Open Access Articles- Top Results for United States Air Force Warfare Center

United States Air Force Warfare Center

United States Air Force Warfare Center
Emblem of the United States Air Force Warfare Center
Active 1966–present
Country United States
Branch United States Air Force
Role Warfare Training
Part of Air Combat Command
Garrison/HQ Nellis AFB, Nevada
Major Gen. Jay B. Silveria[1][2]
A flight of Aggressor F-15 Eagles and F-16 Fighting Falcons fly in formation over the Nevada Test and Training Range
The first F-22A assigned to the USAFWC
USAF Thunderbirds, part of the United States Air Force Warfare Center
An HH-60G Pave Hawk retrieves a pararescueman as an A-10 Thunderbolt II provides cover fire during a firepower demonstration on the Nellis bombing range.

The United States Air Force Warfare Center (USAFWC) at Nellis Air Force Base, Nevada, reports directly to Air Combat Command. The Center was founded September 1, 1966, as the U.S. Air Force Tactical Fighter Weapons Center. It was renamed the U.S. Air Force Warfare Center in 2005.[3]


The United States Air Force Warfare Center manages advanced pilot training and integrates many of the Air Force's test and evaluation requirements. It was established in 1966 as the USAF Tactical Fighter Weapons Center which concentrated on the development of forces and weapons systems that were specifically geared to tactical air operations in conventional (non-nuclear) war and contingencies. It continued to perform this mission for nearly thirty years, undergoing several name changes in the 1990s. In 1991, the center became the USAF Fighter Weapons Center, and then the USAF Weapons and Tactics Center in 1992.[3]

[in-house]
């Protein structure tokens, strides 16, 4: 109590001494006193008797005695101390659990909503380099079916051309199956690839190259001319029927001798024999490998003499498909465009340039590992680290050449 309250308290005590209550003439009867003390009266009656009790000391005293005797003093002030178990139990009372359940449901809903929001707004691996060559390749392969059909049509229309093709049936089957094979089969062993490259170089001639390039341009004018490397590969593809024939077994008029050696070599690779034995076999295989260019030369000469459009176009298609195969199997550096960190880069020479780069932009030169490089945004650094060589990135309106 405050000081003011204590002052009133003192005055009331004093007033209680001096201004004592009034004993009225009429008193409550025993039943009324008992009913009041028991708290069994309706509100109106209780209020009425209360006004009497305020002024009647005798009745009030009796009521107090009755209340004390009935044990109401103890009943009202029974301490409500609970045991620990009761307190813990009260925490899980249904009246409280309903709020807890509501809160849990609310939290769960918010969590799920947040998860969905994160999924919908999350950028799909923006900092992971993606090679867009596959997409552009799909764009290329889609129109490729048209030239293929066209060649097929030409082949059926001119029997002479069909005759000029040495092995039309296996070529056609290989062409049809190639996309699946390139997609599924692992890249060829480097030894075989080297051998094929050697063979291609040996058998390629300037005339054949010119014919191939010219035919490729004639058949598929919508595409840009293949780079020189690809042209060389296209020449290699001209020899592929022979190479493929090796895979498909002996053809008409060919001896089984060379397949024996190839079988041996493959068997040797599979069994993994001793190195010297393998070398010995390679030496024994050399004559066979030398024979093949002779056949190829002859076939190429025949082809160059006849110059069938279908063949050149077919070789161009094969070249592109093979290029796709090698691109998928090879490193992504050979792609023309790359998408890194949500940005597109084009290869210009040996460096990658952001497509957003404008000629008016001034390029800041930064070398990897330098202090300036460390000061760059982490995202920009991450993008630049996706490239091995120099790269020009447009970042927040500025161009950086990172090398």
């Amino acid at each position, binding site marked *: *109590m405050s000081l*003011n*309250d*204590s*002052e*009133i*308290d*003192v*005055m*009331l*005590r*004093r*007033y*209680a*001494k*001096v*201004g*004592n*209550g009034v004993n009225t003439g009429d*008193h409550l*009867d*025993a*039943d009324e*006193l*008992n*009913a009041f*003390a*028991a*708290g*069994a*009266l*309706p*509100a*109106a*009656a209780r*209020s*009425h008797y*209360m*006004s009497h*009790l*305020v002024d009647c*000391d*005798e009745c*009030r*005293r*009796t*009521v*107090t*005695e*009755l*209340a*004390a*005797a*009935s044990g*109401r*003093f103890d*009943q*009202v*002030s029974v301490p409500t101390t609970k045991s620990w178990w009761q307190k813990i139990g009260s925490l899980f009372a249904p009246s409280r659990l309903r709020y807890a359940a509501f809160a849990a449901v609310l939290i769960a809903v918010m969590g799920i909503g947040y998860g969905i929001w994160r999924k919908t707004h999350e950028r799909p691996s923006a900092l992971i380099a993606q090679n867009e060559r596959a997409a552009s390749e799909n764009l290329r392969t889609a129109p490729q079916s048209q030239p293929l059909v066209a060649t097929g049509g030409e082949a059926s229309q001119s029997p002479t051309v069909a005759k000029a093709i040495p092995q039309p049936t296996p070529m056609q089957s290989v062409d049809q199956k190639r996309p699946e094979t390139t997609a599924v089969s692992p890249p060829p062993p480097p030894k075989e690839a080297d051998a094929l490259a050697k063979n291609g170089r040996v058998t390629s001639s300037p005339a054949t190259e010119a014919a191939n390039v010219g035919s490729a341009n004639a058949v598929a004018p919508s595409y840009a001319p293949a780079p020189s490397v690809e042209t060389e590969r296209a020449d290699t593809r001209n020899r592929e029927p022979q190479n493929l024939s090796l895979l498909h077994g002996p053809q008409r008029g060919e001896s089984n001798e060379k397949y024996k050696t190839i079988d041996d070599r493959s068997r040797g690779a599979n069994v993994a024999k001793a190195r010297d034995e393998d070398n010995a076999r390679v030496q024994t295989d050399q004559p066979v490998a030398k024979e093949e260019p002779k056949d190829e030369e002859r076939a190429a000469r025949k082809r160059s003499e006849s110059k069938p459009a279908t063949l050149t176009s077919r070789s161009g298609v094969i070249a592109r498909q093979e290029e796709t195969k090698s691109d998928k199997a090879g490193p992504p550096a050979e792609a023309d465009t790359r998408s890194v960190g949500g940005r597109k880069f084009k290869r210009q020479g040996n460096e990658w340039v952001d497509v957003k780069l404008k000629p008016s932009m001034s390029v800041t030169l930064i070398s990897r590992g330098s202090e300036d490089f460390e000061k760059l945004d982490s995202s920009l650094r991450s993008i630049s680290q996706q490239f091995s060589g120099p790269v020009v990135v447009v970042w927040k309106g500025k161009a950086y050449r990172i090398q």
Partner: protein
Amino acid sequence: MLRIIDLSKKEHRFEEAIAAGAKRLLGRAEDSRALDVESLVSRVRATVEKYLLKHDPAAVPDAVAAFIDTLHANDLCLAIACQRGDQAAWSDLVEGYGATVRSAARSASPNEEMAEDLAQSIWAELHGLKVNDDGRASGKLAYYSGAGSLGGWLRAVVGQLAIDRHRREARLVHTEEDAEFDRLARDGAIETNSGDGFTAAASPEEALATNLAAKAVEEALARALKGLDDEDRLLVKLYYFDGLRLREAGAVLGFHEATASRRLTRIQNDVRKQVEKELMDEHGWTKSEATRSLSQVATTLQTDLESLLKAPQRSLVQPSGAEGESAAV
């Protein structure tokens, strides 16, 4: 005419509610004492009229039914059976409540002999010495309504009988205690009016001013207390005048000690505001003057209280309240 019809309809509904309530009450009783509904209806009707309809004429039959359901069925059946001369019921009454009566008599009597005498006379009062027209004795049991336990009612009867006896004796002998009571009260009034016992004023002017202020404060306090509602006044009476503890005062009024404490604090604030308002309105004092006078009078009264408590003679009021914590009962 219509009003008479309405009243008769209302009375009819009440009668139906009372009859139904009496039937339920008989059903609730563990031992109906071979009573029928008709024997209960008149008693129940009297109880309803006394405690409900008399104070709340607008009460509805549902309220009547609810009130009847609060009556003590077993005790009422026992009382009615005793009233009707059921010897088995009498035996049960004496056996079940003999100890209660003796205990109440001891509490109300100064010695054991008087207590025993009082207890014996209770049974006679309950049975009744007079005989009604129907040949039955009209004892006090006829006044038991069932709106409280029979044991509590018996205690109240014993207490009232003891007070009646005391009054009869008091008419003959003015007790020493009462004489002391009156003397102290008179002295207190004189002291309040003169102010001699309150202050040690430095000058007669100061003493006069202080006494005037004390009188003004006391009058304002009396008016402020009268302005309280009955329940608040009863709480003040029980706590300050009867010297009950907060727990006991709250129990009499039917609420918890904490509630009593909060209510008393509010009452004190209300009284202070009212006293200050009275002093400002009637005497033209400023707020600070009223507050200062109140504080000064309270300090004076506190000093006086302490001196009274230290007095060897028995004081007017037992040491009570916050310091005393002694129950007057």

The Air Warfare Center uses the lands on Nellis Air Force Range Complex – which occupies about three million acres (12,000 km²) of land, the largest such range in the United States, and another five-million-acre (20,000 km²) military operating area which is shared with civilian aircraft. The center also uses Eglin AFB, FL, range, which adds even greater depth to the center's capabilities, providing over water and additional electronic expertise to the center.[3]

The Air Warfare Center oversees operations of the 57th Wing, the NTTR, and the 99th Air Base Wings at Nellis AFB, Nevada; the 53rd Wing at Eglin AFB, Florida (with Geographically Separated Units at Tyndall AFB, Florida and Holloman AFB, New Mexico); and the 505th Command and Control Wing at Hurlburt Field, Florida.[3]


The 53d Wing serves as the focal point for the combat air forces in electronic combat, armament and avionics, chemical defense, reconnaissance, command and control, and aircrew training devices.
The 57th Wing is responsible for a variety of activities, such as Red Flag, which provides realistic training in a combined air, ground and electronic threat environment for U.S. and allied forces. It is also the parent unit for both the USAF Weapons School (USAFWS) and the USAF Air Demonstration Squadron, the latter better known as the United States Air Force Thunderbirds.
Previously known as the 98th Range Wing (98 RANW), the military organization known az NTTR provides command and control of the actual Nevada Test and Training Range facility located north and northwest of Nellis AFB.